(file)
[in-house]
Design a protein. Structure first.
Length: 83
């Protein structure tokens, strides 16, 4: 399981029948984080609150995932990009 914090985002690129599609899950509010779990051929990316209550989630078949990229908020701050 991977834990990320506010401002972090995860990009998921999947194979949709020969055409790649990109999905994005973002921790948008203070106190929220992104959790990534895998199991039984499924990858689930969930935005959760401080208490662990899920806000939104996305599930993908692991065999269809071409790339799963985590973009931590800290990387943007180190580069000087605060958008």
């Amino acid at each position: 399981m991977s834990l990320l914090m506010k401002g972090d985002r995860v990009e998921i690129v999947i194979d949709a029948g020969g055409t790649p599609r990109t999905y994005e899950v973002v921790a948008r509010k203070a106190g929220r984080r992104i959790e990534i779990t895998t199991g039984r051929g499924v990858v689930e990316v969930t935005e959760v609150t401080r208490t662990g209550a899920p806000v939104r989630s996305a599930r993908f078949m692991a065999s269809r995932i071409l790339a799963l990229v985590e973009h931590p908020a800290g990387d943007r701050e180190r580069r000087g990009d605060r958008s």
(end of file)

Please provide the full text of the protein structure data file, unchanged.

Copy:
[in-house]
Design a protein. Structure first.
Length: 83
């Protein structure tokens, strides 16, 4: 399981029948984080609150995932990009 914090985002690129599609899950509010779990051929990316209550989630078949990229908020701050 991977834990990320506010401002972090995860990009998921999947194979949709020969055409790649990109999905994005973002921790948008203070106190929220992104959790990534895998199991039984499924990858689930969930935005959760401080208490662990899920806000939104996305599930993908692991065999269809071409790339799963985590973009931590800290990387943007180190580069000087605060958008």
């Amino acid at each position: 399981m991977s834990l990320l914090m506010k401002g972090d985002r995860v990009e998921i690129v999947i194979d949709a029948g020969g055409t790649p599609r990109t999905y994005e899950v973002v921790a948008r509010k203070a106190g929220r984080r992104i959790e990534i779990t895998t199991g039984r051929g499924v990858v689930e990316v969930t935005e959760v609150t401080r208490t662990g209550a899920p806000v939104r989630s996305a599930r993908f078949m692991a065999s269809r995932i071409l790339a799963l990229v985590e973009h931590p908020a800290g990387d943007r701050e180190r580069r000087g990009d605060r958008s």